Preventing mental illness in schools
Published: 4 November, 2016
A global research analysis conducted by the Black Dog Institute shows that national delivery of school-based prevention programs will reduce incidence of depression and anxiety.
Depression is the leading cause of disease burden in Australia and predicted to be the leading cause of disease burden across the world by 2030.
In Australia, around 3 million people will experience depression or anxiety every year, and up to 20% of Australians will experience anxiety or depression before turning 18. Early onset of mental illness is associated with poorer health and social outcomes including increased risk of drug and alcohol abuse, unemployment and suicide.
According to research conducted by Black Dog Institute, and published this week in Clinical Psychological Review, delivery of quality prevention programs via the school system will significantly reduce the community burden of depression and anxiety by preventing or delaying onset, and reducing severity.
“Our meta-analysis of research studies from across the world clearly showed that school-based prevention programs do reduce the impact of depression and anxiety,” says lead author Dr Aliza Werner-Seidler.
‘This is a significant finding, as schools are the ideal location to deliver mental health interventions.’
“Not only do they enable us to reach all young Australians, the integration of programs into the school curricula alleviates the barriers to treatment that we know young people are currently experiencing – stigma, time, access and cost."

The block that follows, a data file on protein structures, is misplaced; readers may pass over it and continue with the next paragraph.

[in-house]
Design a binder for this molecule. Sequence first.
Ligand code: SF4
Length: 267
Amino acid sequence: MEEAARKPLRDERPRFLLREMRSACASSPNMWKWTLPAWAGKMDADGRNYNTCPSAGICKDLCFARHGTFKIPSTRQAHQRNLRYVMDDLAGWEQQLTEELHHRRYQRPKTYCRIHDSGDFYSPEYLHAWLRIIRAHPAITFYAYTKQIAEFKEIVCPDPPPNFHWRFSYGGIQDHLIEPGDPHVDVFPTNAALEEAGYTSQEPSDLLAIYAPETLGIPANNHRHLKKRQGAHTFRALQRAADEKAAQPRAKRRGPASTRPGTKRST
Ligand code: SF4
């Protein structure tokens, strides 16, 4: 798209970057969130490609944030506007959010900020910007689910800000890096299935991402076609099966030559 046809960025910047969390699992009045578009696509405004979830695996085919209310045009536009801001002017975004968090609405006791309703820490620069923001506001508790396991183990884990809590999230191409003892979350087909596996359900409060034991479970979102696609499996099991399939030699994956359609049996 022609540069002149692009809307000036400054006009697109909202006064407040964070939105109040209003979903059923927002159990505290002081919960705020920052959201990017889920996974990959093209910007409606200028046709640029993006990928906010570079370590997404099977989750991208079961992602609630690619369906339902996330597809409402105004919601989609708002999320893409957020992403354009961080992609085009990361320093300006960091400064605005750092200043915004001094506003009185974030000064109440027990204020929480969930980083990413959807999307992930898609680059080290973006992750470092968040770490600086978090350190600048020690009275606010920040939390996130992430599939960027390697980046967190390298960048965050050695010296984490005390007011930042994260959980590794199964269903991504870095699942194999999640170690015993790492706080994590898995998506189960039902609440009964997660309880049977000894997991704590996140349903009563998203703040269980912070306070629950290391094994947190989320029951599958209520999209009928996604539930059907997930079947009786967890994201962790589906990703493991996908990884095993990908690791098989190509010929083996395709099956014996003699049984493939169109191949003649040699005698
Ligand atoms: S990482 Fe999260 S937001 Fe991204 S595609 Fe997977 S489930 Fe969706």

The analysis of 81 research trials from across the world showed that the anxiety and depression prevention programs were still having an effect more than 12 months after delivery, suggesting that the benefit is sustained.
Interestingly, for depression prevention programs, effects were greater when programs were delivered to students aged 14 years or younger.
“These findings highlight the enormous potential of school-based prevention,” says Dr Werner-Seidler, “but also demonstrate just how much more we need to understand before we can optimise program delivery.”
“Important factors such as the best time to deliver programs, how they should be delivered and who should deliver have not been clearly established.”
“We strongly believe that the delivery of prevention programs via primary and high schools should be further investigated as a matter of priority as the benefits could be life-saving.”
You can view the paper 'School-based depression and anxiety prevention programs for young people: A systematic review and meta-analysis' published in Clinical Psychology Review here.
Originally published on 4 November 2016